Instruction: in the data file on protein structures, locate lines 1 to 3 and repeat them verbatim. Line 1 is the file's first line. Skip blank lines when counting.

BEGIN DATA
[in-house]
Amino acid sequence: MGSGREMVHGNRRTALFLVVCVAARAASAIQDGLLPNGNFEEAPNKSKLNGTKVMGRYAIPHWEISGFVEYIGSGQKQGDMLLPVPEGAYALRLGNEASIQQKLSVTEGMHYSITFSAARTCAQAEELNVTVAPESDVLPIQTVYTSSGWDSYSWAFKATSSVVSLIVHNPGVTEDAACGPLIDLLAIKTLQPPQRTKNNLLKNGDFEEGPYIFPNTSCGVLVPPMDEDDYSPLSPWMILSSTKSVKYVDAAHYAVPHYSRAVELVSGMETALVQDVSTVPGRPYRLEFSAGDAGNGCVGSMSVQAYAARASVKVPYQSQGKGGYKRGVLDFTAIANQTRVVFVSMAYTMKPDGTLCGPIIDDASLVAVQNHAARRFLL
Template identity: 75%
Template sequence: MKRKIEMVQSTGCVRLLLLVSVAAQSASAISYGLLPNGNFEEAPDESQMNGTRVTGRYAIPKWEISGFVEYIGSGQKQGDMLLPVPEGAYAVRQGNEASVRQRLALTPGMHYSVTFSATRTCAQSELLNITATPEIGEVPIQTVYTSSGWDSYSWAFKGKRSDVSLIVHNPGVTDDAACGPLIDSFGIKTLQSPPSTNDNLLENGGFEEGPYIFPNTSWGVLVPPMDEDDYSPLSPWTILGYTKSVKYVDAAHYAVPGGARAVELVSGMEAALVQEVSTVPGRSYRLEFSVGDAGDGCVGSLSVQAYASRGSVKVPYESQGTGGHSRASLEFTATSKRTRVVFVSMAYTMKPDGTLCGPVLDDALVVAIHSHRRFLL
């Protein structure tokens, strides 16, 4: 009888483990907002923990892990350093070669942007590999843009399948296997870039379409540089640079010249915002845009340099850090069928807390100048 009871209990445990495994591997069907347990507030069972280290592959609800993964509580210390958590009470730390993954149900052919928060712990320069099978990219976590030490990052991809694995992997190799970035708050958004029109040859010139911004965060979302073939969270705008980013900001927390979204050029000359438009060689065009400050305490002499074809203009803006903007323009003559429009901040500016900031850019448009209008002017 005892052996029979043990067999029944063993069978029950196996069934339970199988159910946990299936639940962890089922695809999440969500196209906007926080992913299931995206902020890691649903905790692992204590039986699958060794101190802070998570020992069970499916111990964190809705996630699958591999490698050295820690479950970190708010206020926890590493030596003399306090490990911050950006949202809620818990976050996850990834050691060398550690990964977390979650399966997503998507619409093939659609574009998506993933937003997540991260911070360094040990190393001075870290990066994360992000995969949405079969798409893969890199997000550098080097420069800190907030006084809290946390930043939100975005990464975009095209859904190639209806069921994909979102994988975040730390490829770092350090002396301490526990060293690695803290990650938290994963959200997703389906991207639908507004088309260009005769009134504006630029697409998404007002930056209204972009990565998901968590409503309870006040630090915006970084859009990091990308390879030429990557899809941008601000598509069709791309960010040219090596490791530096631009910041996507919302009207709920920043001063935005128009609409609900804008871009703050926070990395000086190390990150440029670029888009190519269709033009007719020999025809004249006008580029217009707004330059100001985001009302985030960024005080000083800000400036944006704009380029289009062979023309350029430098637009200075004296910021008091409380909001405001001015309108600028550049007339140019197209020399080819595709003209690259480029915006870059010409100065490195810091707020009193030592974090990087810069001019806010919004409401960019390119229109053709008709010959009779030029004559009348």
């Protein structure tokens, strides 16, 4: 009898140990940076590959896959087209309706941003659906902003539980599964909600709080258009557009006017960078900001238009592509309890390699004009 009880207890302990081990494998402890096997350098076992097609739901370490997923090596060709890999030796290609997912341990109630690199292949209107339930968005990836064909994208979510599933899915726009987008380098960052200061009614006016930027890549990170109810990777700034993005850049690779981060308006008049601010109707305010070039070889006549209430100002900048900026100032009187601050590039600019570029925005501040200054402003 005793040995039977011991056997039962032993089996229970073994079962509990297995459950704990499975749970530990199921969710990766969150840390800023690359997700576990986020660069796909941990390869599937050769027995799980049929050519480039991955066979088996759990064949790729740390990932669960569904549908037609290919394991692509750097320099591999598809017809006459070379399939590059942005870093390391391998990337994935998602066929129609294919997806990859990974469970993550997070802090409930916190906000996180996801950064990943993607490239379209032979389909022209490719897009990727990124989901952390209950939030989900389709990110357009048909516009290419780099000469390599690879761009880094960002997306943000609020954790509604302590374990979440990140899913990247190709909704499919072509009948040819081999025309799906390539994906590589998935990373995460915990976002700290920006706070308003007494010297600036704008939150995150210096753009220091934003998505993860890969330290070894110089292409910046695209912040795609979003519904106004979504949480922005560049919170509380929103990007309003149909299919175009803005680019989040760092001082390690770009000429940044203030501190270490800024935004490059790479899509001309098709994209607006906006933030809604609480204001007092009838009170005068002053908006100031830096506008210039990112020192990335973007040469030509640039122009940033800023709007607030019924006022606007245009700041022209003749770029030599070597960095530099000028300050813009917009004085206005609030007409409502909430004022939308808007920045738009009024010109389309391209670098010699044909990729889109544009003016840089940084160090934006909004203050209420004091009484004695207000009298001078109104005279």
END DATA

[in-house]
Amino acid sequence: MGSGREMVHGNRRTALFLVVCVAARAASAIQDGLLPNGNFEEAPNKSKLNGTKVMGRYAIPHWEISGFVEYIGSGQKQGDMLLPVPEGAYALRLGNEASIQQKLSVTEGMHYSITFSAARTCAQAEELNVTVAPESDVLPIQTVYTSSGWDSYSWAFKATSSVVSLIVHNPGVTEDAACGPLIDLLAIKTLQPPQRTKNNLLKNGDFEEGPYIFPNTSCGVLVPPMDEDDYSPLSPWMILSSTKSVKYVDAAHYAVPHYSRAVELVSGMETALVQDVSTVPGRPYRLEFSAGDAGNGCVGSMSVQAYAARASVKVPYQSQGKGGYKRGVLDFTAIANQTRVVFVSMAYTMKPDGTLCGPIIDDASLVAVQNHAARRFLL
Template identity: 75%